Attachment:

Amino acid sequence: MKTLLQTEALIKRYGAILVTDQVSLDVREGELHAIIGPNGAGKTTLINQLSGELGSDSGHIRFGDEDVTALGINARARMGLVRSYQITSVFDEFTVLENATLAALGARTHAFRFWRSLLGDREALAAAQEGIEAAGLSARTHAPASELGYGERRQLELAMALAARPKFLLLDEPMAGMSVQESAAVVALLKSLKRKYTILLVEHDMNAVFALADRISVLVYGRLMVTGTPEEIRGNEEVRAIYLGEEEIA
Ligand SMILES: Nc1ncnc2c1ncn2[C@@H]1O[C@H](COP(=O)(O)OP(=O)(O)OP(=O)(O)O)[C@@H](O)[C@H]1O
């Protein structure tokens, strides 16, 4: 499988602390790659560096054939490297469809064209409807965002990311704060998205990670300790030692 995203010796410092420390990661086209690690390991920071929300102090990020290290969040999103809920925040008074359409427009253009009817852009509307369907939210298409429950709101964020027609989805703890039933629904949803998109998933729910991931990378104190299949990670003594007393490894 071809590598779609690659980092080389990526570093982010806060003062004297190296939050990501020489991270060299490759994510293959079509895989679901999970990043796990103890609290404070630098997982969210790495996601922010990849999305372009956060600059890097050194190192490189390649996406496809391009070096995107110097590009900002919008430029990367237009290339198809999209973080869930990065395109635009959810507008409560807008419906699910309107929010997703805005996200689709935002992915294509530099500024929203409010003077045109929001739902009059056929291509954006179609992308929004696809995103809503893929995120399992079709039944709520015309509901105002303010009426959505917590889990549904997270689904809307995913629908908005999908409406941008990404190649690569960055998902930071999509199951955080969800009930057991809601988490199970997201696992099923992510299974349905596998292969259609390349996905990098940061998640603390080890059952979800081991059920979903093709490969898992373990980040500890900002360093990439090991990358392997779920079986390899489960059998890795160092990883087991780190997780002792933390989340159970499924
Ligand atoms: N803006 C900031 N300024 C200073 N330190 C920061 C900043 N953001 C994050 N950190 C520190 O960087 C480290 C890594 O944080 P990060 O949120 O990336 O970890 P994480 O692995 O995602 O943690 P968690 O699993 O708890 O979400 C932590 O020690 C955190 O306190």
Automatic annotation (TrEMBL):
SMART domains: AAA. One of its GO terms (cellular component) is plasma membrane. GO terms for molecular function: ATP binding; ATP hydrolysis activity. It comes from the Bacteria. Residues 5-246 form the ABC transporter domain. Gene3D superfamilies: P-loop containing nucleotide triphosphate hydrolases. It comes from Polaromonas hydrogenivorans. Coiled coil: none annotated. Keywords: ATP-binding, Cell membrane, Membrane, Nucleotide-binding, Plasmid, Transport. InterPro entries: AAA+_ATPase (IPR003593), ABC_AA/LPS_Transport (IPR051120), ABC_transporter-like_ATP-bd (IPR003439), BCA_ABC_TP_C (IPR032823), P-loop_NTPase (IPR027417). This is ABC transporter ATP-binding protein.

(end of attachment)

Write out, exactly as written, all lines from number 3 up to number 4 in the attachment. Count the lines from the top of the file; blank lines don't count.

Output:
């Protein structure tokens, strides 16, 4: 499988602390790659560096054939490297469809064209409807965002990311704060998205990670300790030692 995203010796410092420390990661086209690690390991920071929300102090990020290290969040999103809920925040008074359409427009253009009817852009509307369907939210298409429950709101964020027609989805703890039933629904949803998109998933729910991931990378104190299949990670003594007393490894 071809590598779609690659980092080389990526570093982010806060003062004297190296939050990501020489991270060299490759994510293959079509895989679901999970990043796990103890609290404070630098997982969210790495996601922010990849999305372009956060600059890097050194190192490189390649996406496809391009070096995107110097590009900002919008430029990367237009290339198809999209973080869930990065395109635009959810507008409560807008419906699910309107929010997703805005996200689709935002992915294509530099500024929203409010003077045109929001739902009059056929291509954006179609992308929004696809995103809503893929995120399992079709039944709520015309509901105002303010009426959505917590889990549904997270689904809307995913629908908005999908409406941008990404190649690569960055998902930071999509199951955080969800009930057991809601988490199970997201696992099923992510299974349905596998292969259609390349996905990098940061998640603390080890059952979800081991059920979903093709490969898992373990980040500890900002360093990439090991990358392997779920079986390899489960059998890795160092990883087991780190997780002792933390989340159970499924
Ligand atoms: N803006 C900031 N300024 C200073 N330190 C920061 C900043 N953001 C994050 N950190 C520190 O960087 C480290 C890594 O944080 P990060 O949120 O990336 O970890 P994480 O692995 O995602 O943690 P968690 O699993 O708890 O979400 C932590 O020690 C955190 O306190």